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We have to put this relationship upon a Higher Plane.”

His mind stopped short at that.

Presently his voice sounded out of the depths of his heart. “God! How I loathe the Higher Plane!...

“God has put me into this Higher Plane business like some poor little kid who has to wear irons on its legs.”

“I want her.... Do you hear, Martin? I want her.”

As if by a lightning flash he saw his car with himself and Miss Grammont—Miss Seyffert had probably fallen out—traversing Europe and Asia in headlong flight. To a sunlit beach in the South Seas....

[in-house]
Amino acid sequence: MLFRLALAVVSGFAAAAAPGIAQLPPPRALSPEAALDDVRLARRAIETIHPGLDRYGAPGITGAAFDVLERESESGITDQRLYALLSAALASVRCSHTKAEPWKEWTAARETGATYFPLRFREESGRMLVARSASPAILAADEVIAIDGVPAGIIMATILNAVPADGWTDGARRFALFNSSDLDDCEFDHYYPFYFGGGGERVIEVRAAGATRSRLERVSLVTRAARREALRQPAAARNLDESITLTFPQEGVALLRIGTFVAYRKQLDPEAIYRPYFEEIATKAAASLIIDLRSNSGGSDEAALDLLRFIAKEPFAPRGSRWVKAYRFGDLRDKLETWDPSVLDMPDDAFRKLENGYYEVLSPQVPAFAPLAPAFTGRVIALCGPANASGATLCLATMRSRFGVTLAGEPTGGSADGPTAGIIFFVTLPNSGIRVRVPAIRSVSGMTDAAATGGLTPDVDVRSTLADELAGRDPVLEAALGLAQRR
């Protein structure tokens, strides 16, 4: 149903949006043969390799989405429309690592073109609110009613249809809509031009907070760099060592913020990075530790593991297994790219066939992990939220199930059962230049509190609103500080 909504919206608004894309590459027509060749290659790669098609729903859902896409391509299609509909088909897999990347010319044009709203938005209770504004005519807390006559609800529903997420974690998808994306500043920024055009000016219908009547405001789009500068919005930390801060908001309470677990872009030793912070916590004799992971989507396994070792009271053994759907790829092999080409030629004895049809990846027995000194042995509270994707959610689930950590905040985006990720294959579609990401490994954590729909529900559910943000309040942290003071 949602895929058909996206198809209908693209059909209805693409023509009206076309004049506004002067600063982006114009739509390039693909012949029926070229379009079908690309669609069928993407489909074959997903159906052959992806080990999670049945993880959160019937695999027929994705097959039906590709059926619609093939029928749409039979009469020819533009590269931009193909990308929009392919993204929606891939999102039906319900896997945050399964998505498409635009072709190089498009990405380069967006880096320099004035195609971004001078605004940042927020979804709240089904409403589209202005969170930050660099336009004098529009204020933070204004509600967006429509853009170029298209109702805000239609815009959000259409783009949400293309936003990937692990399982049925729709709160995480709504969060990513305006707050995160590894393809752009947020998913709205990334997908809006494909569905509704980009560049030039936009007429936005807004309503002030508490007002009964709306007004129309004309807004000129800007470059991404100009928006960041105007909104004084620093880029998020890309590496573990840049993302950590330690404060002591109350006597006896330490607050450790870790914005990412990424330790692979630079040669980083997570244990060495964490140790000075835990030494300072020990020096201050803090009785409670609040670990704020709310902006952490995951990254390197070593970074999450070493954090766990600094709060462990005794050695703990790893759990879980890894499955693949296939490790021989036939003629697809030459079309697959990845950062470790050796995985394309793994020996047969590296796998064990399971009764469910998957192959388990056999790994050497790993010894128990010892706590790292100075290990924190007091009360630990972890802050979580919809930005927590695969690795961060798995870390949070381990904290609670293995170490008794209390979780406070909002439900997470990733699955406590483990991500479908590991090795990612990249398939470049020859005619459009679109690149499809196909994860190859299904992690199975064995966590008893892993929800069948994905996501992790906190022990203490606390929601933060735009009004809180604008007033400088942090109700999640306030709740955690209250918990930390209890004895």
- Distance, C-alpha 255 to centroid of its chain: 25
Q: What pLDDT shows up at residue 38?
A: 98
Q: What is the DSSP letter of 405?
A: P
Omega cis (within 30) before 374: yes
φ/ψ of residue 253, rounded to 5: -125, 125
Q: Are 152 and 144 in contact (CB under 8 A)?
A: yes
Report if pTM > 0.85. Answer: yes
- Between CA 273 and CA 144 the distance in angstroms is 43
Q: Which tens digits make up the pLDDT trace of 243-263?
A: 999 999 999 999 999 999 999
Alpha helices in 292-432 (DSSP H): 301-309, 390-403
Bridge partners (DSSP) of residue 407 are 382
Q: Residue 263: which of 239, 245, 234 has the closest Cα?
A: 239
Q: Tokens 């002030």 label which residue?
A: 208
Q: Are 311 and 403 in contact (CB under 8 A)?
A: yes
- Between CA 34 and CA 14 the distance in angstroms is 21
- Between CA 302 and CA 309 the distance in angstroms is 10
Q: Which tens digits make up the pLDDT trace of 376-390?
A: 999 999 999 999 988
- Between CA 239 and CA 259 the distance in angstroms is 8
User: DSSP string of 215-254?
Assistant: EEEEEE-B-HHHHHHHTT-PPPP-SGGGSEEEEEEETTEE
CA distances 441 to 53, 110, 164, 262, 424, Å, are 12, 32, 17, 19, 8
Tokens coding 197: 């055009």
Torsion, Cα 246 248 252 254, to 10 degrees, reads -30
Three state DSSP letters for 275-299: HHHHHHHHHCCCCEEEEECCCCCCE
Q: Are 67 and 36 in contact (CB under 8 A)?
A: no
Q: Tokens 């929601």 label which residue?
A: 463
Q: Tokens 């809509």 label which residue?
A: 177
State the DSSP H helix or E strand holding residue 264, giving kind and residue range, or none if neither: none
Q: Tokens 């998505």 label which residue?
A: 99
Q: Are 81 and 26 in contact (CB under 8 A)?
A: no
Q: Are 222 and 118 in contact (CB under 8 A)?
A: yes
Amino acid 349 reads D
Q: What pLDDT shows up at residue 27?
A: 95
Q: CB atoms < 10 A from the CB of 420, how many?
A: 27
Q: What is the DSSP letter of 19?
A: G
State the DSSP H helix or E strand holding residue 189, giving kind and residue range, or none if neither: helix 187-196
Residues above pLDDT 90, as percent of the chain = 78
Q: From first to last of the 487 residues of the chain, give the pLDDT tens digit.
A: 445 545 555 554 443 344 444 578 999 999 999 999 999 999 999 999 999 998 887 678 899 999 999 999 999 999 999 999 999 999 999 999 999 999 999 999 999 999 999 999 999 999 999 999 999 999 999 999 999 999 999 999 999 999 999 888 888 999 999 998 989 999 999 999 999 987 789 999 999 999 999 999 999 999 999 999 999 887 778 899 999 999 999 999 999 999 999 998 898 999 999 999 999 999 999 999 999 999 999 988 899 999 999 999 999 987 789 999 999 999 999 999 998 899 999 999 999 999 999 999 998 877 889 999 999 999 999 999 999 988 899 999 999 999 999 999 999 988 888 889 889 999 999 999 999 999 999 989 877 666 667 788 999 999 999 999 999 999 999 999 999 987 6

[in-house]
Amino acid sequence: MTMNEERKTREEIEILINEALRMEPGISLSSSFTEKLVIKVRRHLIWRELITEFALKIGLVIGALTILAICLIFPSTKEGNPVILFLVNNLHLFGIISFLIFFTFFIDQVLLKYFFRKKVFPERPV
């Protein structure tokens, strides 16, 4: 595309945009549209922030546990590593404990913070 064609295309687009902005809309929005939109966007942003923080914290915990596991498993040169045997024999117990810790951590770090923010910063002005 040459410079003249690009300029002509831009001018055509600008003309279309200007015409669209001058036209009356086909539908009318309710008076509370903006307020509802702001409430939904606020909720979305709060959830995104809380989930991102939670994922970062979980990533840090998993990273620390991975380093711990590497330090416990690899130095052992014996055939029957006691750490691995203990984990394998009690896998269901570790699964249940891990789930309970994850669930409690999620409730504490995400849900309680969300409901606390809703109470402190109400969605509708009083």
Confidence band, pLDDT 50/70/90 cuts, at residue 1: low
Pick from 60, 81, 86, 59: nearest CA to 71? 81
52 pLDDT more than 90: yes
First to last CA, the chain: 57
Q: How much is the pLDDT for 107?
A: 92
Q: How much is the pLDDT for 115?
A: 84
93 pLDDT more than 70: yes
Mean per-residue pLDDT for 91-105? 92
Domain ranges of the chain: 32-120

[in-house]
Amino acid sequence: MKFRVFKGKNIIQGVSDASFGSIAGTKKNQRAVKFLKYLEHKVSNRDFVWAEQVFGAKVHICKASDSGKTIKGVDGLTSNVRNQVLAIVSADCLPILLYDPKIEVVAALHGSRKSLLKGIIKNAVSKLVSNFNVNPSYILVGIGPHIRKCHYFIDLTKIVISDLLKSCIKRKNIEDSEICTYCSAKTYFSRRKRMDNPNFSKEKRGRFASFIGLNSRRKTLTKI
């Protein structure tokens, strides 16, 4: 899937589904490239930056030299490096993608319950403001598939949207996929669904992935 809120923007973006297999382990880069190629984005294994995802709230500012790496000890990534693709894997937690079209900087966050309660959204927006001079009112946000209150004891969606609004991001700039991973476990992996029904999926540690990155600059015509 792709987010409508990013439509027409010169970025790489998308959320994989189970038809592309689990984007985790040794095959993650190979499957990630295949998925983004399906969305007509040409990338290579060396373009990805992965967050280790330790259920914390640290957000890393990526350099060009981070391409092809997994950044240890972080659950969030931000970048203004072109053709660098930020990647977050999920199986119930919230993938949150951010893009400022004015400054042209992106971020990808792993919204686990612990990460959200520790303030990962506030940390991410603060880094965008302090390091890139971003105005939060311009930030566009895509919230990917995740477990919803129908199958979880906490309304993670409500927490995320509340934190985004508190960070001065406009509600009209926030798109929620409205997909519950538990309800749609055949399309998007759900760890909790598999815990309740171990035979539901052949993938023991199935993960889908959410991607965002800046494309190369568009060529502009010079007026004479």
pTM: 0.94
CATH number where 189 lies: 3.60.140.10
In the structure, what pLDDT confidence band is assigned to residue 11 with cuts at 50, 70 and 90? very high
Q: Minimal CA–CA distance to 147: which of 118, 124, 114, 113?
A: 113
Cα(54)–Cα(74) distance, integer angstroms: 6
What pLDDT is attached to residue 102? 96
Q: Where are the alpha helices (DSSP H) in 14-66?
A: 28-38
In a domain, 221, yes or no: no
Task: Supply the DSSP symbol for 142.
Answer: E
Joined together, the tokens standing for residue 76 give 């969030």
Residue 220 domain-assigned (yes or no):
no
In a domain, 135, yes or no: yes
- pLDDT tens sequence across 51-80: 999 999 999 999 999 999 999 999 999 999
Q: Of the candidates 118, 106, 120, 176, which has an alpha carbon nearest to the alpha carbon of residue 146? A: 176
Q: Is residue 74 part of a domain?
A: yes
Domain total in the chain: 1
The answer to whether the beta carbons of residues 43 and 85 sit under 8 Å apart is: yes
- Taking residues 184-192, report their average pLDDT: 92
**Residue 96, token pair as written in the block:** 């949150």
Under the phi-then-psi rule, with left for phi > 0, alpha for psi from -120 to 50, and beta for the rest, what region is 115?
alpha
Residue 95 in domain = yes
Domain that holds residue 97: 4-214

His thoughts presently resumed as though these unmannerly and fantastic interruptions had not occurred.

“We have to carry the whole affair on to a Higher Plane—and keep it there. We two love one another—that has to be admitted now. (I ought never to have touched her. I ought never to have thought of touching her.) But we two are too high, our aims and work and obligations are too high for any ordinary love making. That sort of thing would embarrass us, would spoil everything.

“Spoil everything,” he repeated, rather like a small boy who learns an unpalatable lesson.